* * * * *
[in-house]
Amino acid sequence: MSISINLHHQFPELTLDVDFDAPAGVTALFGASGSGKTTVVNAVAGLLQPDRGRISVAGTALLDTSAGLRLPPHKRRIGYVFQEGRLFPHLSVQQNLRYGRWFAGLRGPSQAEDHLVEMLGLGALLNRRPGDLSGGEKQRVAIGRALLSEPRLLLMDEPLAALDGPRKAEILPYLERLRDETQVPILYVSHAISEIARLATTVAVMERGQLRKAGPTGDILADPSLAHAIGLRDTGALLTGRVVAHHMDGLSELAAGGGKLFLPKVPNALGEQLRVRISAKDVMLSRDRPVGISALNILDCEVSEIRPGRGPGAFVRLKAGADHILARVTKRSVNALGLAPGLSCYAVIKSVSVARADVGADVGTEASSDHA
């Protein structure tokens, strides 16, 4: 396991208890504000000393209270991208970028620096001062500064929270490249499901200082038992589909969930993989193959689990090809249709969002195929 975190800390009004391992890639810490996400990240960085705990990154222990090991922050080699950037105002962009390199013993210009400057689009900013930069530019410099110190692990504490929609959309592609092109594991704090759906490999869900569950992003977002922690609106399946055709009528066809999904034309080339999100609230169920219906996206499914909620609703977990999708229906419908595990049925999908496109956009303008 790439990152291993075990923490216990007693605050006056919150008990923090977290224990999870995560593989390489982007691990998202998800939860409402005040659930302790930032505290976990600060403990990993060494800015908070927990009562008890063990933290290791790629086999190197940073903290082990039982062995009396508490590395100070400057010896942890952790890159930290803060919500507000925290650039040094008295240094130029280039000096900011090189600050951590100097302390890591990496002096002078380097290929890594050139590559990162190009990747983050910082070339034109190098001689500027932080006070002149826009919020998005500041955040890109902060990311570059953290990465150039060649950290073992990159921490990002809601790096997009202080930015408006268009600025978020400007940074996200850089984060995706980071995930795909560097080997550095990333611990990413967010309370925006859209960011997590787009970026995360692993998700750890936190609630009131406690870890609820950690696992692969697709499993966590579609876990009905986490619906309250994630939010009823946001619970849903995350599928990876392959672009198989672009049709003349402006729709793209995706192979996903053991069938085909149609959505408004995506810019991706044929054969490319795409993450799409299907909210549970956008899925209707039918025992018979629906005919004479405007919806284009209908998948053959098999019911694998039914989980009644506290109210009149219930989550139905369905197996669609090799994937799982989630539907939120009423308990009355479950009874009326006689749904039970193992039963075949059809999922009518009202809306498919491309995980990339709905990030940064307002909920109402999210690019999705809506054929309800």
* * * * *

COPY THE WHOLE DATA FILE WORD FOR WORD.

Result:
[in-house]
Amino acid sequence: MSISINLHHQFPELTLDVDFDAPAGVTALFGASGSGKTTVVNAVAGLLQPDRGRISVAGTALLDTSAGLRLPPHKRRIGYVFQEGRLFPHLSVQQNLRYGRWFAGLRGPSQAEDHLVEMLGLGALLNRRPGDLSGGEKQRVAIGRALLSEPRLLLMDEPLAALDGPRKAEILPYLERLRDETQVPILYVSHAISEIARLATTVAVMERGQLRKAGPTGDILADPSLAHAIGLRDTGALLTGRVVAHHMDGLSELAAGGGKLFLPKVPNALGEQLRVRISAKDVMLSRDRPVGISALNILDCEVSEIRPGRGPGAFVRLKAGADHILARVTKRSVNALGLAPGLSCYAVIKSVSVARADVGADVGTEASSDHA
């Protein structure tokens, strides 16, 4: 396991208890504000000393209270991208970028620096001062500064929270490249499901200082038992589909969930993989193959689990090809249709969002195929 975190800390009004391992890639810490996400990240960085705990990154222990090991922050080699950037105002962009390199013993210009400057689009900013930069530019410099110190692990504490929609959309592609092109594991704090759906490999869900569950992003977002922690609106399946055709009528066809999904034309080339999100609230169920219906996206499914909620609703977990999708229906419908595990049925999908496109956009303008 790439990152291993075990923490216990007693605050006056919150008990923090977290224990999870995560593989390489982007691990998202998800939860409402005040659930302790930032505290976990600060403990990993060494800015908070927990009562008890063990933290290791790629086999190197940073903290082990039982062995009396508490590395100070400057010896942890952790890159930290803060919500507000925290650039040094008295240094130029280039000096900011090189600050951590100097302390890591990496002096002078380097290929890594050139590559990162190009990747983050910082070339034109190098001689500027932080006070002149826009919020998005500041955040890109902060990311570059953290990465150039060649950290073992990159921490990002809601790096997009202080930015408006268009600025978020400007940074996200850089984060995706980071995930795909560097080997550095990333611990990413967010309370925006859209960011997590787009970026995360692993998700750890936190609630009131406690870890609820950690696992692969697709499993966590579609876990009905986490619906309250994630939010009823946001619970849903995350599928990876392959672009198989672009049709003349402006729709793209995706192979996903053991069938085909149609959505408004995506810019991706044929054969490319795409993450799409299907909210549970956008899925209707039918025992018979629906005919004479405007919806284009209908998948053959098999019911694998039914989980009644506290109210009149219930989550139905369905197996669609090799994937799982989630539907939120009423308990009355479950009874009326006689749904039970193992039963075949059809999922009518009202809306498919491309995980990339709905990030940064307002909920109402999210690019999705809506054929309800």